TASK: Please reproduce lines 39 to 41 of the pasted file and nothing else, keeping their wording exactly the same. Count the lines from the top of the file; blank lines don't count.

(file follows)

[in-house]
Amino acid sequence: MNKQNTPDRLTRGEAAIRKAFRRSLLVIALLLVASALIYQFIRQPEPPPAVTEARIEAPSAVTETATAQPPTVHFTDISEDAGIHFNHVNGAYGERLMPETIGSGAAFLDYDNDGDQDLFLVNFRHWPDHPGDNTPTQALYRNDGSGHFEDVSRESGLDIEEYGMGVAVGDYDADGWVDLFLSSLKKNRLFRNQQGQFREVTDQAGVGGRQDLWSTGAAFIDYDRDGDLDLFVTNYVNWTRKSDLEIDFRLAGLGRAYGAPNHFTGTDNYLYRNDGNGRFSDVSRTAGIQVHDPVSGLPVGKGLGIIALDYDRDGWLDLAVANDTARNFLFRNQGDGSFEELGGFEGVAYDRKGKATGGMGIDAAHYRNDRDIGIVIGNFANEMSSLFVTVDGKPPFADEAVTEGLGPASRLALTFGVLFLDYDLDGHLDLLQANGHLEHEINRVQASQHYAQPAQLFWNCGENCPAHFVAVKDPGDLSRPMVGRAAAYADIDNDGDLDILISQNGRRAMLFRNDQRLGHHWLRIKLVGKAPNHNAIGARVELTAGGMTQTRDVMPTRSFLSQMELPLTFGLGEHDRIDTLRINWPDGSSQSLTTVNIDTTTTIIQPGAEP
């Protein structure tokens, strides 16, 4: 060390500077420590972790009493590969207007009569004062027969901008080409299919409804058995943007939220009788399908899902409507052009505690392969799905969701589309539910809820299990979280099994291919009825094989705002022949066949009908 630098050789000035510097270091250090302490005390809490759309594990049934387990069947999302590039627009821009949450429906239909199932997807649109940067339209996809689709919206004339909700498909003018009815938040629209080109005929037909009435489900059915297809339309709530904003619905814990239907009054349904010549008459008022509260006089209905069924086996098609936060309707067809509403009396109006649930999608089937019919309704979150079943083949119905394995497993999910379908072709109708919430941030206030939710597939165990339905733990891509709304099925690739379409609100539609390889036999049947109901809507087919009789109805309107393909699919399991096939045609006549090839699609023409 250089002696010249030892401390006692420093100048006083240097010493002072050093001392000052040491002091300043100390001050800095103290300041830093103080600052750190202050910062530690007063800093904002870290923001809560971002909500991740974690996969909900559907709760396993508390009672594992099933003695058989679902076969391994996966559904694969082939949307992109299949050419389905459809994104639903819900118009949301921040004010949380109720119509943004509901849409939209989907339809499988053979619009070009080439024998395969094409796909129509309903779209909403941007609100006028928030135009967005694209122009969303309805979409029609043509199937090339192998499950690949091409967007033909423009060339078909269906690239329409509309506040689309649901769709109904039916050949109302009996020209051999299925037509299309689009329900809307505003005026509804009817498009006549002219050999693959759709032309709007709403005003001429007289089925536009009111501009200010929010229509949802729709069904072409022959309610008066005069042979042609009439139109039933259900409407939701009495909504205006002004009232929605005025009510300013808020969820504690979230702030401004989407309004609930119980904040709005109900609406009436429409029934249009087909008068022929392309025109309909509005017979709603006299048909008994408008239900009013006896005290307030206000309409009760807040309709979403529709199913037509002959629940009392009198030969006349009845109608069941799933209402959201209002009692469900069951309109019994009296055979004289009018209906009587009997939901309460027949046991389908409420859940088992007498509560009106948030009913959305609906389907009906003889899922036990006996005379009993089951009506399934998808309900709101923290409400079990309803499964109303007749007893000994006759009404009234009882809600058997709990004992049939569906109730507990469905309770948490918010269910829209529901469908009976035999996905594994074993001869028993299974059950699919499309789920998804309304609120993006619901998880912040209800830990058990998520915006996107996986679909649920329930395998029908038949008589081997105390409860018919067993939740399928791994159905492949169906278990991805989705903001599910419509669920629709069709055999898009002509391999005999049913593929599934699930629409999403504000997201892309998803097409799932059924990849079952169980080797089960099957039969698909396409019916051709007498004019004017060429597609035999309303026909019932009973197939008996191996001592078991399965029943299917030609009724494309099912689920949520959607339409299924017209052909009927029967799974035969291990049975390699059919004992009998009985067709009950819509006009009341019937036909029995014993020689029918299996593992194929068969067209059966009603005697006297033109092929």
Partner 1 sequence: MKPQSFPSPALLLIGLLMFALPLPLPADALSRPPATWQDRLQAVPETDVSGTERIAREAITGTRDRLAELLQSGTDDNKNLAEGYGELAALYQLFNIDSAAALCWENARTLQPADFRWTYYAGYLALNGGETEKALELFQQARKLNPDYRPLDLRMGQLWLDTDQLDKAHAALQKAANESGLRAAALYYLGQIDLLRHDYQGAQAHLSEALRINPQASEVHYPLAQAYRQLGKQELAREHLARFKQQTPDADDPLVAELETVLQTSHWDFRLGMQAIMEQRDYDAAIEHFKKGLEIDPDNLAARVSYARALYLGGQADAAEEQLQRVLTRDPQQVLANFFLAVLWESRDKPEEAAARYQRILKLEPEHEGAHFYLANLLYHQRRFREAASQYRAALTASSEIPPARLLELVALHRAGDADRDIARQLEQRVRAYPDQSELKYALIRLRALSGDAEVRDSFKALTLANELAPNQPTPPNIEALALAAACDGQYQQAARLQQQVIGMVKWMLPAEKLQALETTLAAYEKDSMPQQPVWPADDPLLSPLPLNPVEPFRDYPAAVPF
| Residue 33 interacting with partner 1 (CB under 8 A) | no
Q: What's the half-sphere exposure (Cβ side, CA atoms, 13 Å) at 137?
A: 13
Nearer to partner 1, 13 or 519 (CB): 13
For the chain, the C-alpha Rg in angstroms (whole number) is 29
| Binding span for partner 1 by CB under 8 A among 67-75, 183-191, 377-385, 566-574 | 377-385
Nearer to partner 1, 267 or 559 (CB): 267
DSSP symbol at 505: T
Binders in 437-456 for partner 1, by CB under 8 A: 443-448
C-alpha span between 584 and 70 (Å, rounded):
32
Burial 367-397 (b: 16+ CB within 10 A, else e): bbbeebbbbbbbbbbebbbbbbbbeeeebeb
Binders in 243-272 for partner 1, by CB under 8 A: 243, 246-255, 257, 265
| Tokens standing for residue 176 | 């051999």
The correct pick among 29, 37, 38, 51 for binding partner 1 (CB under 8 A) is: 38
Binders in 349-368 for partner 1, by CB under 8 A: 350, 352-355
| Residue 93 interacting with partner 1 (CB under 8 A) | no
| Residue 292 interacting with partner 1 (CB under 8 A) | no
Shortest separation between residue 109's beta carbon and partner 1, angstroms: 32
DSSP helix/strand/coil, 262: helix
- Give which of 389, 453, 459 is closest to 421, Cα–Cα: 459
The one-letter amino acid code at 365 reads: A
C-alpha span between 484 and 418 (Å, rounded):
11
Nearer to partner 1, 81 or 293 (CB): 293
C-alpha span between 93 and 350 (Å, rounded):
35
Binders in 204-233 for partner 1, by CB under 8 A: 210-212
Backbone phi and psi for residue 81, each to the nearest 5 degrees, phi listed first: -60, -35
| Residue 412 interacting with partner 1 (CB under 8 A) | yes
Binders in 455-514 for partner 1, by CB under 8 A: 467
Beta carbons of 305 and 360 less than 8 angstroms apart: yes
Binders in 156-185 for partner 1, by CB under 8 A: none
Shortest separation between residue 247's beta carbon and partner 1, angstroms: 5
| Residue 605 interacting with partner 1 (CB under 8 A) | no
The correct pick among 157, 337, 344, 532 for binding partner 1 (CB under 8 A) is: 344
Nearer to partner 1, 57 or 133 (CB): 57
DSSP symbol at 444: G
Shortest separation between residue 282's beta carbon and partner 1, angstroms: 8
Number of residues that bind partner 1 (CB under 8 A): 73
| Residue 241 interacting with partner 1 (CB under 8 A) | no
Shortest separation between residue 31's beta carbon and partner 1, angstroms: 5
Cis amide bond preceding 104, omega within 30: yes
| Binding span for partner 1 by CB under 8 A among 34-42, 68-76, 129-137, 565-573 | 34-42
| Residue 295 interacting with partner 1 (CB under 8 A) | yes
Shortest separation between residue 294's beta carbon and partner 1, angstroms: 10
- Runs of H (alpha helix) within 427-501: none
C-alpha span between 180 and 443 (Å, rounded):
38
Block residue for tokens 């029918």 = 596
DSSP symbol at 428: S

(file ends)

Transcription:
| Residue 605 interacting with partner 1 (CB under 8 A) | no
The correct pick among 157, 337, 344, 532 for binding partner 1 (CB under 8 A) is: 344
Nearer to partner 1, 57 or 133 (CB): 57